British PM Johnson blames 'complacent' public for coronavirus surge
LONDON (BLOOMBERG) – Prime Minister Boris Johnson said people in the United Kingdom became “complacent” about social-distancing rules in recent months, as his own scientific advisers warned it was still “highly likely” that the coronavirus epidemic is growing exponentially across the country.
In a BBC interview, Mr Johnson blamed the rise in cases on the “fraying of people’s discipline” over the summer and said the rules weren’t obeyed or enforced properly.
“We came together as a country, we got the numbers down and I’m afraid some of the muscle memory has faded,” Mr Johnson said.
His comments will inflame the debate about the government’s imposition of restrictions to control the pandemic.
Mr Johnson’s own finance minister Rishi Sunak subsidised meals out during August to encourage people to spend money in restaurants and bars, a programme some have blamed for the rise in infections.
On Friday, chancellor of the exchequer Sunak weighed in with a passionate call to keep businesses open, an argument that will delight some of Mr Johnson’s internal critics in the Conservative Party who say he’s being too cautious.
“We have got to look at this in the round,” Mr Sunak said in an interview with the Tory party pressure group, Blue Collar Conservatives.
“The costs of coronavirus are far wider than just the number of people affected by coronavirus.”
Mr Johnson warned this week he would not hesitate to impose further measures if necessary to contain the disease, which his chief scientific adviser said isn’t under control in the UK.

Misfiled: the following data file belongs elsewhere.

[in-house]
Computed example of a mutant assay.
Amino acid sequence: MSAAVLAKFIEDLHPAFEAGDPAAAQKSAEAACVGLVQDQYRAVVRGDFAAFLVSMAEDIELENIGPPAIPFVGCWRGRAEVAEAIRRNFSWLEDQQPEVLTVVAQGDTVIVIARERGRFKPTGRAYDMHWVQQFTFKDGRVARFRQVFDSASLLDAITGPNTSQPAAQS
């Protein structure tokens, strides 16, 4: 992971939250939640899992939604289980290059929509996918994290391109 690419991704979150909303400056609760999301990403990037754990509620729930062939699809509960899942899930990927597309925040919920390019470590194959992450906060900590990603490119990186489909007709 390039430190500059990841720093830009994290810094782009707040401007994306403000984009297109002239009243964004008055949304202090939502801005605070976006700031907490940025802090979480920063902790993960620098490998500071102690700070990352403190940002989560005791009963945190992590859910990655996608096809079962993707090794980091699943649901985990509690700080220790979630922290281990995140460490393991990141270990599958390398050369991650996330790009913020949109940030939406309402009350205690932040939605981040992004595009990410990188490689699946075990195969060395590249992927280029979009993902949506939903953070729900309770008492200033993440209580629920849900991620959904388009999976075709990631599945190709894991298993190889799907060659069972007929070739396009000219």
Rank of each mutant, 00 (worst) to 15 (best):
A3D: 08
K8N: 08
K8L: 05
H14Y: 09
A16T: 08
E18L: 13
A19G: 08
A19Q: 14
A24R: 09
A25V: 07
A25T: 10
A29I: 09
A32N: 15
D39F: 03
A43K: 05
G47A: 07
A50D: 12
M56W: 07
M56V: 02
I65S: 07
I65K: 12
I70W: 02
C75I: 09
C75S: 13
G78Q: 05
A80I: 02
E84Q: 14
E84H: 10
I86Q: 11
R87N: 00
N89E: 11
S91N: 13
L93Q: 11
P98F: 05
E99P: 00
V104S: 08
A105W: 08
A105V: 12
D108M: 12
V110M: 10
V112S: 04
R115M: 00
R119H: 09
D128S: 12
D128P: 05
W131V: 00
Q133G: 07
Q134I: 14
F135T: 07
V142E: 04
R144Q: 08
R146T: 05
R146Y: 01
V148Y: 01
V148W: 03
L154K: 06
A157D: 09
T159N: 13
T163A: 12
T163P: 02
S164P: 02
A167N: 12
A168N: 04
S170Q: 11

The government’s strategy is to respond to outbreaks around the country with varying restrictions, while keeping as much of the economy running as possible.
“We are all Conservatives, we believe in a market economy,” Mr Sunak said.
“That’s the only long term way we can have things working. We can’t nationalise and pay everyone’s bills forever and a day.”
The premier has faced growing criticism over his handling of the pandemic, including from members of his own Conservative Party, some of whom have accused his administration of mixed messaging, over-complicated local restrictions and a failure to get to grips with testing.
Tensions came to a head this week when Mr Johnson apologised for getting his own government’s social distancing rules wrong.
On Friday, he also apologised for failings in the government’s testing system he said had led people to have what he called “bad experiences”.
Official data on Friday put the so-called R number, or the rate at which the virus multiplies, at between 1.3 and 1.6 across the country, up on last week’s estimate of 1.2 to 1.5.
That was higher than the estimate from a major study from Imperial College London on Thursday suggesting the rate may have fallen to 1.1, from 1.7 in late August and early September. The number refers to how many people each new coronavirus case infects.
“More data are needed to accurately assess any recent changes in transmission and it is still highly likely that the epidemic is growing exponentially across the country,” the Government Office for Science said in an e-mailed statement.
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